Review: Bruce’s Big Fun Day by Ryan T. Higgins

Bruce's Big Fun Day by Ryan T. Higgins

Bruce’s Big Fun Day by Ryan T. Higgins (9781368022811)

Nibbs, the mouse, wants Bruce to have a fun day, but Bruce doesn’t seem to be having any fun at all. Breakfast in bed turns into a messy disaster. The long walk is exhausting. A picnic turns into a feast for the ants. The boat ride is wet, particularly when Nibbs uses Bruce himself as the boat. They do make it back home in time for supper, but supper is too dainty and fancy for Bruce and dessert is even worse. By the time they are in bed, Bruce is very, very grumpy. Which is really nice, since Bruce loves to be grumpy. It might have been the perfect day out after all.

Higgins cleverly turns his picture book series about Mother Bruce into an easy reader format. His use of limited vocabulary is done seamlessly with the story. It helps that there is zany action on many of the pages that can be explained in Higgins’ rather dry tone in just a few words. The illustrations help too. Done in full color and with Higgins’ signature style, they show the story playing out on the page with great clarity and additional moments of silliness.

A great addition to easy reader shelves, this one is big fun. Appropriate for ages 4-7.

Reviewed from library copy.

Review: Bear Came Along by Richard T. Morris

Bear Came Along by Richard T. Morris

Bear Came Along by Richard T. Morris, illustrated by LeUyen Pham (9780316464475)

A river flowed through the forest. The river had no idea it could have adventures until a big bear came along. As the curious bear toppled into the river, the adventure began. Soon Bear was joined by Froggy and they both climbed onto a log which headed down the river. Along the way, others joined them too. There was the beaver who could captain, the turtles who were worried about disaster, the raccoons who didn’t know how to be careful, and the duck they crashed into. Then came the waterfall…

Morris has written a book that begs to be shared aloud. From the various personalities of all of the creatures to the shared adventure that is filled with twists and turns, this book is full of fun. Morris uses an interesting turn of phrase throughout the book, with each additional animal and the river itself not knowing what they are capable of. It’s a great lens as each of the animals learns that they are not alone but instead part of a larger community and world.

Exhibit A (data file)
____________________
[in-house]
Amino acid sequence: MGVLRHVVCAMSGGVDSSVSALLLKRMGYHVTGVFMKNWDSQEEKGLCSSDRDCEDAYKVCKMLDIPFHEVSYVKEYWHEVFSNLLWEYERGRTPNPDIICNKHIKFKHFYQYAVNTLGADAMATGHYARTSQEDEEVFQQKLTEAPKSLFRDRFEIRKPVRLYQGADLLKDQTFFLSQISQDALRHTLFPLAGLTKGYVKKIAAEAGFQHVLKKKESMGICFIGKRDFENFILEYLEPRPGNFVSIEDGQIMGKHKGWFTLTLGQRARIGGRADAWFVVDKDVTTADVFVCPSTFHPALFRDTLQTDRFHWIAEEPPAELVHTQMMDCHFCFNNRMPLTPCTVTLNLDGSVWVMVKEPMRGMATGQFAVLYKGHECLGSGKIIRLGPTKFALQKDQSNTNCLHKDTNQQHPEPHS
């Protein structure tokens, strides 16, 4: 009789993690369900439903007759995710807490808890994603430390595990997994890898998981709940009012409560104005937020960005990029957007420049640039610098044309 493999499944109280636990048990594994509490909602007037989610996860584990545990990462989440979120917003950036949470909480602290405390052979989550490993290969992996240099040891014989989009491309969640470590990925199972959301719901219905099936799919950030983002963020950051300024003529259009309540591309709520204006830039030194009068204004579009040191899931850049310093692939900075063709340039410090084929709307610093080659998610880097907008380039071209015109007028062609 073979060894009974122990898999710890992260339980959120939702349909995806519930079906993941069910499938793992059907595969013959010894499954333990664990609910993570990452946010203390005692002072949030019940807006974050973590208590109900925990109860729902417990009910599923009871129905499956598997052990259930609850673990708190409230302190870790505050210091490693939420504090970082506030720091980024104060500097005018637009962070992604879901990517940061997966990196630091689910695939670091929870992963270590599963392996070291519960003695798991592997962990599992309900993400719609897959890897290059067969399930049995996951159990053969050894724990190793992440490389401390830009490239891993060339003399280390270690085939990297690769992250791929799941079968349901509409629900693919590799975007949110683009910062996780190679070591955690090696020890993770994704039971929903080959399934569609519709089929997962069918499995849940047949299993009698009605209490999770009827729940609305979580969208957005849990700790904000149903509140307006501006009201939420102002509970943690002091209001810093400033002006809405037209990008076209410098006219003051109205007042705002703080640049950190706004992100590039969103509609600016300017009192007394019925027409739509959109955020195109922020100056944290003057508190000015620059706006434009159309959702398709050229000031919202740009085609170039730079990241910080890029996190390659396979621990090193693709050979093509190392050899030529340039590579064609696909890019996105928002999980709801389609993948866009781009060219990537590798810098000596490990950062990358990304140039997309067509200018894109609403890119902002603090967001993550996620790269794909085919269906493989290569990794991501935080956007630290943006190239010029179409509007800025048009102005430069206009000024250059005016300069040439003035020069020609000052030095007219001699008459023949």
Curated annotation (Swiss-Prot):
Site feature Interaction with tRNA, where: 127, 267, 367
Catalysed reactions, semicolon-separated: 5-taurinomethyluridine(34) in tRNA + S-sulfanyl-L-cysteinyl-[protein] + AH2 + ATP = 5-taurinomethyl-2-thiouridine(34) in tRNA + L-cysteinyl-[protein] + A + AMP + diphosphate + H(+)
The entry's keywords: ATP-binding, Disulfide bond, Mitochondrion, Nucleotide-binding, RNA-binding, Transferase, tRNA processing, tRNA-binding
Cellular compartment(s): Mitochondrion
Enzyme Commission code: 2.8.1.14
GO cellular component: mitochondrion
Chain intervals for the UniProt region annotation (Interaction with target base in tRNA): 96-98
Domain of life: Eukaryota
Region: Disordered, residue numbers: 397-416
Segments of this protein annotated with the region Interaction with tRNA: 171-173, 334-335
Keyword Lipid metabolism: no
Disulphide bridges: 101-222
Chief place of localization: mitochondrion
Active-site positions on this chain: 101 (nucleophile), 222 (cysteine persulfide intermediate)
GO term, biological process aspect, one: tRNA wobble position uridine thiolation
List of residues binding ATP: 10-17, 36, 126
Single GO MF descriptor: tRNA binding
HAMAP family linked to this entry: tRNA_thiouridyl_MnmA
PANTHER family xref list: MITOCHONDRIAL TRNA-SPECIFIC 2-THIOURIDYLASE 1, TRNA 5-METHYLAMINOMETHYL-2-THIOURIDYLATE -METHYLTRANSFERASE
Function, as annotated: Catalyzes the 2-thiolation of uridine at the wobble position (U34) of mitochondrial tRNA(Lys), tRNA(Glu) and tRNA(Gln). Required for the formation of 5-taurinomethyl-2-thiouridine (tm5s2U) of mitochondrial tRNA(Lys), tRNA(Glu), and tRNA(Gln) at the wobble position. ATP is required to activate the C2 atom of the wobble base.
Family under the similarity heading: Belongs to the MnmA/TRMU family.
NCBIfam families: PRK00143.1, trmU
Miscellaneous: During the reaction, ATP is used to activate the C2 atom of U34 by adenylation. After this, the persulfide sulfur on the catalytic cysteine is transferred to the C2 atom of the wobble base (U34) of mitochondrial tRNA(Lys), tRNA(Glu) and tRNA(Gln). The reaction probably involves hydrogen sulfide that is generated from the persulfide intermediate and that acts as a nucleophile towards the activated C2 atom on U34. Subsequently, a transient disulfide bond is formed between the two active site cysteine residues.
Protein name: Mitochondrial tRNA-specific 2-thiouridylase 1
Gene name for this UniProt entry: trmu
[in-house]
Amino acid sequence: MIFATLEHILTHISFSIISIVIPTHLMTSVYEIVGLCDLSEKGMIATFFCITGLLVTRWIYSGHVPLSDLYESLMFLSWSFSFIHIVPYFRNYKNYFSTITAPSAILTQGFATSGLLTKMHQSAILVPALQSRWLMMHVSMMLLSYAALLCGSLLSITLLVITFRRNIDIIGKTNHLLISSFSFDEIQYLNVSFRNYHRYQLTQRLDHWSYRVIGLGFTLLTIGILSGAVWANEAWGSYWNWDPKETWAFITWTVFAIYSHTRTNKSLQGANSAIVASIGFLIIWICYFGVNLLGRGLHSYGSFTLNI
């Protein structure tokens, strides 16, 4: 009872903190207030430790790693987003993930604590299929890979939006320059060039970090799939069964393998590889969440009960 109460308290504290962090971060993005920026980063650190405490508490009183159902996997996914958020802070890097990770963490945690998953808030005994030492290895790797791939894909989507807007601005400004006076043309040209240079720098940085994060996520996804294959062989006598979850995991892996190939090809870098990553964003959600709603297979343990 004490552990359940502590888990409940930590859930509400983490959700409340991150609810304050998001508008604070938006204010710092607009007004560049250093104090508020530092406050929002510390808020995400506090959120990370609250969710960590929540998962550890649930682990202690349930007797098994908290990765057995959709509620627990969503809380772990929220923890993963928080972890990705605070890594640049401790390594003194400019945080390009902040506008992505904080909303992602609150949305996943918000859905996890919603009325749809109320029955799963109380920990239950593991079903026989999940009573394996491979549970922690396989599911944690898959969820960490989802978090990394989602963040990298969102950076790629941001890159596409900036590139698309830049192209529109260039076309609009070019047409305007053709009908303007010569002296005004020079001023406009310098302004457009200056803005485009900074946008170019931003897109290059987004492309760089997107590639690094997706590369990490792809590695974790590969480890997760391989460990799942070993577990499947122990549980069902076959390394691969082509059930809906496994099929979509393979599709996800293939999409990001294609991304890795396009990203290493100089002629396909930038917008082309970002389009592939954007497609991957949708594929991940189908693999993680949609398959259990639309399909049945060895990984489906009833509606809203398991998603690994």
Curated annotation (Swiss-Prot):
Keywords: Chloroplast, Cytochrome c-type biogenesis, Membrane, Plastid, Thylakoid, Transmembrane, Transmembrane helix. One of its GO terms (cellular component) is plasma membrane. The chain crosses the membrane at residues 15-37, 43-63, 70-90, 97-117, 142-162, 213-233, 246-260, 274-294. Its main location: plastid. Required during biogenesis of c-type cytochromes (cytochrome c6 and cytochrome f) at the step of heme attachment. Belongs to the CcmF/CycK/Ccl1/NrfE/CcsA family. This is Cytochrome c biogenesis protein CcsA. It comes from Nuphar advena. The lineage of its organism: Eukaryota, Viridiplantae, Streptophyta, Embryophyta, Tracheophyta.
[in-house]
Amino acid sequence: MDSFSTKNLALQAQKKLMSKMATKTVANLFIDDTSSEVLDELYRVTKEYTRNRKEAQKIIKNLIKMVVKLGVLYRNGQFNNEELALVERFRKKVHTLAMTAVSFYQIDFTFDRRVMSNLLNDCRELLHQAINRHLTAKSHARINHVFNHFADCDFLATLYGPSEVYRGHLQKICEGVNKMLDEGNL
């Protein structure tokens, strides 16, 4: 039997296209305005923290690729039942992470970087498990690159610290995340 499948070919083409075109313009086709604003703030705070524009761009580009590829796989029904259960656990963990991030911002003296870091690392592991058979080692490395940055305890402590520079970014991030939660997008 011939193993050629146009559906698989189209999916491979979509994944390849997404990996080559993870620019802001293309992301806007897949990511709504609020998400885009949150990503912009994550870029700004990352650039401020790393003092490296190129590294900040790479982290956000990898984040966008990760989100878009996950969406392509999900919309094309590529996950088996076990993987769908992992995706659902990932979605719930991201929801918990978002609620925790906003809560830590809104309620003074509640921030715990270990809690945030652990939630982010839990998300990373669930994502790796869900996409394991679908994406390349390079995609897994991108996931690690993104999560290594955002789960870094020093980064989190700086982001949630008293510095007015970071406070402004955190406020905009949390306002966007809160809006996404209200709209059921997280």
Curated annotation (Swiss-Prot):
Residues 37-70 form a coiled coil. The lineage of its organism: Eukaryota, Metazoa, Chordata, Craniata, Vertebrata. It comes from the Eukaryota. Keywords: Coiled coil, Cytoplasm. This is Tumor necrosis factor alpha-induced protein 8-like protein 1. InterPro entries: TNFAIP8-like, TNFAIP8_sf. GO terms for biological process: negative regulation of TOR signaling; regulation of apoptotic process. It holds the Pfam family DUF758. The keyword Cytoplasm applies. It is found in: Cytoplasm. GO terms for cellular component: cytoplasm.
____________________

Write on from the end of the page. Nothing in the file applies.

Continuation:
Pham’s illustrations are zany and ever so funny. He completely captures the personalities of each of the characters as they head down the river. From their body language to their expressions, these creatures are in for a lot of adventure together. The added joy of the maps of the river as the endpages are great. Grayed-out at first, they are full color at the end.

A wild ride of a book that is really all about shared fun and community. Appropriate for ages 2-4.

Reviewed from library copy.

Review: Bear Out There by Jacob Grant

Bear Out There by Jacob Grant

Bear Out There by Jacob Grant (9781681197456)

This second book about Bear and his friend Spider follows Bear’s Scare. Bear is happy staying at home all day, being cozy and warm. Spider though has a kite that he wants to fly, and he loves to be outdoors. When Spider’s kite gets away from him, Spider asks Bear for help finding it. So Bear heads out into the itchy, bug-filled, dirty woods along with his friend. The two search for a long time, Bear completely missing the charm of the woods. When it starts to rain though, the entire adventure gets bleak and disheartening. The two friends though, never quit. They eventually find the kite tangled in the trees. Now can they find a way of compromising and finding some indoor/outdoor fun together?

Grant writes with a great wry sense of humor that really allows Bear to be just as grumpy as he likes without the book ever becoming too filled with complaints. Spider helps in that way too, without saying a word, keeping spirits high and trying to show Bear how lovely the outdoors actually are. The text is simple and the pace is just right for a walk in the woods.

As with the first book, Grant’s art is perfect for sharing with a group. He fills the pages with color and large shapes. Even small Spider can be easily viewed by children seated on the floor. The art is welcoming and simple.

A look at the wonders of nature through the lens of a friendship. Appropriate for ages 2-4.

Reviewed from ARC provided by Bloomsbury Children’s Books.

Review: The Night Bear by Ana and Thiago de Moraes

The Night Bear by Ana and Thiago de Moraes

The Night Bear by Ana and Thiago de Moraes (9781541555099)

At night, the Night Bear takes the night bus and heads out searching for his favorite nighttime meal, nightmares. Each type of nightmare tastes different from the others, but equally delicious. “Monsters with hideous eyes taste like burgers and fries.” “Scary pirates being mean taste like strawberries and cream.” On and on the Night Bear munches until he comes to one package of dreams he thinks is completely disgusting! It’s rainbows and unicorns, ick! So the Night Bear heads out to see if he can give it to a dreamer. He discovers a child who is awake in the middle of the night because of a bad dream and exchanges his awful unicorns for the child’s spiders and snakes (that taste like chocolate cake!)